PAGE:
Director: George Hickenlooper. Canada. 2010. 108mins
The ripped from the headlines saga of Washington uber lobbyist Jack Abramoff (already the subject of the recent documentary release Casino Jack & the United States of Money) forms the basis for the sprightly, fictionalised Casino Jack that premieres at the Toronto International Film Festival. Grounded by a riveting performance from Kevin Spacey as the disgraced influence peddler, the film is a scattershot approach to recent history that while slightly overblown in approach, maintains the fun of the pursuit of power and lucre throughout.
The film features the final role of Maury Chaykin in a nice turn as a “seen it all” Italian gangster.
No doubt some will find plenty to chew on about American society and politics but director George Hickenlooper and writer Norman Snider wisely steer clear of playing those cards flipped over. The basic facts are culled from actual events but the focus is more personalized; pinpointing the rise and fall of an individual making his American dream come true without fully understanding its meaning or nuance.
The film has good commercial prospects with a quick, savvy U.S. acquisition geared toward securing some late year critical and award recognition. Building upon that it could see some solid niche business in foreign markets.
Opening with his arrest in 2005, Casino Jack adroitly conveys the rapidity his profile transitioned from kingmaker to pariah. The action then reels back two years to considerably better and headier times (the filmmakers have played fast and loose with the real time line; condensing events that occurred as far back as 2001 into a 24 month span).
The script elects to focus on Abramoff’s efforts for Indian casinos as well as the fictionalised SunCruz Casinos (redubbed Sun Sail for the movie). In the process of securing favorable legislation for his clients we get a first hand look at his schmoozing finesse with high ranking officials, particularly Tom DeLay (Spencer Garrett), Republican leader in the U.S. House of Representatives. His demise is largely viewed as the result of getting personally involved with Sun Sail, appointing an erratic shadow rep (Jon Lovitz) and events that led to the murder of the floating casino’s owner.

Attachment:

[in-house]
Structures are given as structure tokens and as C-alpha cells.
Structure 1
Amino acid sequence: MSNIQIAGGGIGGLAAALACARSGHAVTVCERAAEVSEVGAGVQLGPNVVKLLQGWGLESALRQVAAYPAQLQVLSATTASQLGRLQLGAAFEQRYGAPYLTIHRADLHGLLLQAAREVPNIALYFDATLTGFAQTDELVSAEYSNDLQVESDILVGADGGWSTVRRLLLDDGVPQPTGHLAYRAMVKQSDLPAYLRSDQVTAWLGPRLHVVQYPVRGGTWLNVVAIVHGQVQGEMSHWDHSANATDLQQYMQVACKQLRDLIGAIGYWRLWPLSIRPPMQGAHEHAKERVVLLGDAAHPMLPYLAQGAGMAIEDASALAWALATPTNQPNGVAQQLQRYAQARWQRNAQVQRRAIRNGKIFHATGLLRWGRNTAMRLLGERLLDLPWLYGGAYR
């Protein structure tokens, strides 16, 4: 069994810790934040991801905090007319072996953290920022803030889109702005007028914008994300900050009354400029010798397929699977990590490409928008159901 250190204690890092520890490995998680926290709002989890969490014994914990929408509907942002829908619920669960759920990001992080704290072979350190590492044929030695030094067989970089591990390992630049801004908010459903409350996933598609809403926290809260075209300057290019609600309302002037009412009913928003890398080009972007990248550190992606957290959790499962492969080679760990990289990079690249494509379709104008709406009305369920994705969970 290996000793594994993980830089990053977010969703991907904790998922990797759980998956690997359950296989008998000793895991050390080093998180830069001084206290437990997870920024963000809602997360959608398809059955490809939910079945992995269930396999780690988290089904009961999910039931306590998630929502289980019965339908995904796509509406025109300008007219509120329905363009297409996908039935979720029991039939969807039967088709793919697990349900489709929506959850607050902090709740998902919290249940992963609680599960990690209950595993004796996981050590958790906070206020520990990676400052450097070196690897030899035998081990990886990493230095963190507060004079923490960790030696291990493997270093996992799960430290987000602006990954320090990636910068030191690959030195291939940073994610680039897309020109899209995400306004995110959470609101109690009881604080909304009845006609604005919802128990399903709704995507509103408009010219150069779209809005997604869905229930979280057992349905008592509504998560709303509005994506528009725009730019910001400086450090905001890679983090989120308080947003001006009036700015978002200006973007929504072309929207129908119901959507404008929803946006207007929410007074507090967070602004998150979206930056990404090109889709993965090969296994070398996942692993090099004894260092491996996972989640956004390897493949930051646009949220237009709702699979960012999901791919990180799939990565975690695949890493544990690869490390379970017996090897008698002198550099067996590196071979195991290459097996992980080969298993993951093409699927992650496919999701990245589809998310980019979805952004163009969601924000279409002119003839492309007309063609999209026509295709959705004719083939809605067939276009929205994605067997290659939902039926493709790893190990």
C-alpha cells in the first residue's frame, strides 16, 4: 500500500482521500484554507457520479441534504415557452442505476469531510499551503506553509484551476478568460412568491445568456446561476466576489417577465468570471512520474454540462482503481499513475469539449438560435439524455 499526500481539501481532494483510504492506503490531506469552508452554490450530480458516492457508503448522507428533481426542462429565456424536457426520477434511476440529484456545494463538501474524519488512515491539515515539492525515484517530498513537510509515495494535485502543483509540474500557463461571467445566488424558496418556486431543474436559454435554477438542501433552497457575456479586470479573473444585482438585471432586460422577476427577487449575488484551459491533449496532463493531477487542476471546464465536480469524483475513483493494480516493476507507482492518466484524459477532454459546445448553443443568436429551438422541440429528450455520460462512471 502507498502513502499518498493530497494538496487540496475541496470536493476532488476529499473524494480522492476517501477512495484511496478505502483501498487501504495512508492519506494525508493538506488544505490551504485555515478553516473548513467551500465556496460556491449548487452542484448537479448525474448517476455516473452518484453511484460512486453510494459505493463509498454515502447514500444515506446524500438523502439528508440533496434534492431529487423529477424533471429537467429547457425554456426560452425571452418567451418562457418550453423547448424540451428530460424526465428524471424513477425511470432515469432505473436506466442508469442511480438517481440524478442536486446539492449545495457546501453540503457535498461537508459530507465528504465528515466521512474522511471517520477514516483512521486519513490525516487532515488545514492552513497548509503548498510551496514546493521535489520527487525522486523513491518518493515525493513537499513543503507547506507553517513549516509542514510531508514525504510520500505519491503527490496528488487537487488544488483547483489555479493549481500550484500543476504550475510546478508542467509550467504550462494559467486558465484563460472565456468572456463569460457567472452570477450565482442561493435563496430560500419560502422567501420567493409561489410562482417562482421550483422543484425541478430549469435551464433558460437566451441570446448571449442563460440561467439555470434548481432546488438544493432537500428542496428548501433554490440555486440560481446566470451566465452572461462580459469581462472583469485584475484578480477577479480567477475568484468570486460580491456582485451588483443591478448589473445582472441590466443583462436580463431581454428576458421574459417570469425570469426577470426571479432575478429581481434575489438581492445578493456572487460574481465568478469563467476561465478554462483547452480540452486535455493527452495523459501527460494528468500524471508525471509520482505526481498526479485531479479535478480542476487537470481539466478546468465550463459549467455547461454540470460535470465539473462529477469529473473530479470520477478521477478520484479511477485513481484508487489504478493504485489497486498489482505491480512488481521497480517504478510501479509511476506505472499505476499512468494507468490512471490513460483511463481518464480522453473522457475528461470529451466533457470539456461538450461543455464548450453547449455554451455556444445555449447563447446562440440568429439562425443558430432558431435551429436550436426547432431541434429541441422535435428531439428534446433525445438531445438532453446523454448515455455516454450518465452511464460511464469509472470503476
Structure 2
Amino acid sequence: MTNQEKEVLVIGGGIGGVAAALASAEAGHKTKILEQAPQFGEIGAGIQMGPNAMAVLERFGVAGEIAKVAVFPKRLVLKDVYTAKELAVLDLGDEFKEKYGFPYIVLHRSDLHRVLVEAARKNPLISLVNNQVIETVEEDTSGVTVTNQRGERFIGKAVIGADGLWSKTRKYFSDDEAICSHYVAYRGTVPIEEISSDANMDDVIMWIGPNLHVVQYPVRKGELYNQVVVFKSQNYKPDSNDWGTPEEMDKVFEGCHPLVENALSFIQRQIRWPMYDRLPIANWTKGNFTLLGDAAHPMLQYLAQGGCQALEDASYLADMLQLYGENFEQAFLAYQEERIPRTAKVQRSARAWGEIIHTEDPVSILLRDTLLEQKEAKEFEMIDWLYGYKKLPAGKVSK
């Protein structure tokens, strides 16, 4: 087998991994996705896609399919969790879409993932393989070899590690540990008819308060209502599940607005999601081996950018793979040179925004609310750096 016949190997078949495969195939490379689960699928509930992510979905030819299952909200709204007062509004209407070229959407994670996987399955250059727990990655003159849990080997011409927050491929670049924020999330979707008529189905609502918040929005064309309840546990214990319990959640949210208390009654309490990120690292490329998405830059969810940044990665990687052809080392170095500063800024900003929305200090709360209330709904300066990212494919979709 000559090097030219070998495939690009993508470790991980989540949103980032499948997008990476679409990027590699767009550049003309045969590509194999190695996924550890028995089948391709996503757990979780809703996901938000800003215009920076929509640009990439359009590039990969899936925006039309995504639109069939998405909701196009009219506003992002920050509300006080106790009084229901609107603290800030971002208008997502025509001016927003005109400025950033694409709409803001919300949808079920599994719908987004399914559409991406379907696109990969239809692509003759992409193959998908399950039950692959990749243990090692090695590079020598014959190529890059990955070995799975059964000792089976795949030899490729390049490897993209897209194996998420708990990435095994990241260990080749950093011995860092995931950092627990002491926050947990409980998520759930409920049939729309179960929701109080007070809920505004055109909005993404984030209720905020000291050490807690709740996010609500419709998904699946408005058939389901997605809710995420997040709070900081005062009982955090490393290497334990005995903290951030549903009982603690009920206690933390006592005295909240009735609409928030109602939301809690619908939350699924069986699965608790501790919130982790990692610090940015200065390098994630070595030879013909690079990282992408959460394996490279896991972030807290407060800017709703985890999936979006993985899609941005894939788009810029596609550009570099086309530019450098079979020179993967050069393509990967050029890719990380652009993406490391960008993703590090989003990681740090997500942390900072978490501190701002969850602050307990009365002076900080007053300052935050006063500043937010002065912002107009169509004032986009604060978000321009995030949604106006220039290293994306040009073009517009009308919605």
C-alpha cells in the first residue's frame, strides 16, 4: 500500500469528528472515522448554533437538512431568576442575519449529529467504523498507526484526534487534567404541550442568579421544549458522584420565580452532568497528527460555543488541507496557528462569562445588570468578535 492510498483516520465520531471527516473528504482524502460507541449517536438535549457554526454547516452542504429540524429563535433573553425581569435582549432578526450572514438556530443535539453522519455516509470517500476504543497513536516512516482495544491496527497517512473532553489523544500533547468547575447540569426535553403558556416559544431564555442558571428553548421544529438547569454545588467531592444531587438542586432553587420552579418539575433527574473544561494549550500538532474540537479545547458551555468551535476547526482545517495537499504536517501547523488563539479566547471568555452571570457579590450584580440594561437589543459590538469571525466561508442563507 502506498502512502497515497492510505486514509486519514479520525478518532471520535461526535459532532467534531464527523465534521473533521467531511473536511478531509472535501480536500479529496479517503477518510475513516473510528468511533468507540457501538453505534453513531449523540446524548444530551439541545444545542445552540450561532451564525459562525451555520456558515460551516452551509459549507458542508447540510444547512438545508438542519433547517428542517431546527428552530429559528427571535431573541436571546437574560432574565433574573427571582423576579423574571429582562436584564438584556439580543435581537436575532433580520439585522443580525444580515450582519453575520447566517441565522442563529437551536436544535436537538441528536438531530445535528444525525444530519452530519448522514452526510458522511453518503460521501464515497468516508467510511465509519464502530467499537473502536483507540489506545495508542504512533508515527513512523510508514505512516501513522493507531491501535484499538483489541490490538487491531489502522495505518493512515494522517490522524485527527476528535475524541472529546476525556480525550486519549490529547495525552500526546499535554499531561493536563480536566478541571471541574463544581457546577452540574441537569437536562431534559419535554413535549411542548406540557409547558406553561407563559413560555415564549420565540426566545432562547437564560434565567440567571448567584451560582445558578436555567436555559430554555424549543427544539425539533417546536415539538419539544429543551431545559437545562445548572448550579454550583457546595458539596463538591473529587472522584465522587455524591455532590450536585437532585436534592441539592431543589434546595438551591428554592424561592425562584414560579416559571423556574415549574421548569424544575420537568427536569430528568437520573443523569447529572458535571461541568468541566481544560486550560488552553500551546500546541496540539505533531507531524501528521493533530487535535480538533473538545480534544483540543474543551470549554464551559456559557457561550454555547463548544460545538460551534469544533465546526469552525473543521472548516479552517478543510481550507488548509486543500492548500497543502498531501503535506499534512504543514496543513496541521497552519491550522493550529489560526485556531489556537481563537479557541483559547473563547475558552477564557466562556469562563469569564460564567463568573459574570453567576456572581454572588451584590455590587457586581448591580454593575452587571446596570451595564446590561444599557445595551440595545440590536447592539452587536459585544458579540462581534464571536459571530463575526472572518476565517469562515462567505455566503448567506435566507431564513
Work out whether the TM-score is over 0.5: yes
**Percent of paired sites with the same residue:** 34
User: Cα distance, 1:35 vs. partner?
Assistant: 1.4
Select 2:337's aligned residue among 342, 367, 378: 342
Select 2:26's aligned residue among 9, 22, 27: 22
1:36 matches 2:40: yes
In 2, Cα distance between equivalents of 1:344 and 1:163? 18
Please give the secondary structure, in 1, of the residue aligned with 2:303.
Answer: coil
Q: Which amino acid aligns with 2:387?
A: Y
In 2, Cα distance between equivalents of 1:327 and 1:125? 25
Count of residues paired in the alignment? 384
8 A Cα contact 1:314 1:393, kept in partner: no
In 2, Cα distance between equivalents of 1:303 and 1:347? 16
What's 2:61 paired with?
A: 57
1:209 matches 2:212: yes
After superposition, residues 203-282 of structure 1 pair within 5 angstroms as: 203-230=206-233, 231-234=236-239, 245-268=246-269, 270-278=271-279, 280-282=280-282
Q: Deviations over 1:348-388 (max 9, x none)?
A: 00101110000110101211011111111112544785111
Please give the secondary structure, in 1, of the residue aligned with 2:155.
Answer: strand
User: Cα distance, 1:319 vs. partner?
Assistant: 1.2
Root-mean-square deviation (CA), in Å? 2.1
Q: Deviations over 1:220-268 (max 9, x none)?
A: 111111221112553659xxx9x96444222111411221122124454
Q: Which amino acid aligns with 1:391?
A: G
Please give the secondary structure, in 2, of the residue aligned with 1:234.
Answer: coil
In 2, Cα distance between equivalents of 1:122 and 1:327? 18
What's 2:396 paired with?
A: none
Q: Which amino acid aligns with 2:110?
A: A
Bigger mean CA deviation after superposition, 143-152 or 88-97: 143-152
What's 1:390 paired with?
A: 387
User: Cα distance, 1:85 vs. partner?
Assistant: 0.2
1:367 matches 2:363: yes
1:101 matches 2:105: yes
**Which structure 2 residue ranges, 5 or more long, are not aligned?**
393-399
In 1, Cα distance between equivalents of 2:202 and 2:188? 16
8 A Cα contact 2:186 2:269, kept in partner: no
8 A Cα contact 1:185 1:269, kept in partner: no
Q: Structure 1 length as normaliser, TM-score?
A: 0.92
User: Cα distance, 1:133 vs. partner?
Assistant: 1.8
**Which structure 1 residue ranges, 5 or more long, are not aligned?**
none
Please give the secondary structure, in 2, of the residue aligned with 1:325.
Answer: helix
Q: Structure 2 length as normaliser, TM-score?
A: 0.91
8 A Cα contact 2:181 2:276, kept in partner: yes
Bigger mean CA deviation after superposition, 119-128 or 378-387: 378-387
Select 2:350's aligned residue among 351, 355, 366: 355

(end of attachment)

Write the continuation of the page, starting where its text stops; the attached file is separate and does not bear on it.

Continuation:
The line of attack is anything but cut and dried. What anchors the picture is its attention to the personal lives of Abramoff and his partner Michael Scanlon (Barry Pepper), a former aide to DeLay (unmentioned in the film). Though hardly an apologia, Abramoff is filled out by the presence of children, his genuinely warm relationship with his wife (Kelly Preston) and charitable and philanthropic activities. It falls to his wife to remind him that his perspective isn’t necessarily valid and that “we have no friends, only business associates.”
Scanlon, conversely, is a skirt chaser with an obsessive drive for material things. He’s brought down when his girlfriend discovers a pair of someone else’s red panties in the dry cleaning and exacts her revenge with a visit to the FBI.
The key role allows Spacey to deliver a wide-ranging performance that reflects both the character’s intensity and humor. Widely reported as a film geek (he produced a couple of action films in the 1990s), the movie Abramoff goes into some amusing impersonations and in the movie’s one explicitly fantasized moment, shows him attacking members of the Senate Gaming Committee in a variation of Al Pacino’s closing rant from … And Justice for All. The end credits provide an added bonus with a clip of the real Abramoff in a scene that’s recreated in the movie.
The cast is uniformly strong with special kudos to Lovitz as a dissolute loose cannon and Preston as the loving, stabilising force in the title character’s life. The film features the final role of Maury Chaykin in a nice turn as a “seen it all” Italian gangster. Also worth noting is the exemplary work of veteran film editor William Steinkamp who maintains a jaunty pace that goes a long to prevent the myriad plot strands from unraveling.
Casino Jack effects a difficult to pull off sleight-of-hand in its balance of specifics and generalities. One also assumes the behind-the-scenes activities that led to Canadian financing is comparably intriguing. In any case the finished film is an engaging tale of ambition gone awry.
Production company Bagman Inc.
International sales Hannibal Pictures, www.hannibalpictures.com
Producers Gary Howsman, Bill Marks, George Zakk
Screenplay Norman Snider
Cinematography Adam Swica
Production designer Matthew Davies
Editor William Steinkamp
Cast Kevin Spacey, Barry Pepper, Kelly Preston, Jon Lovitz, Spencer Garrett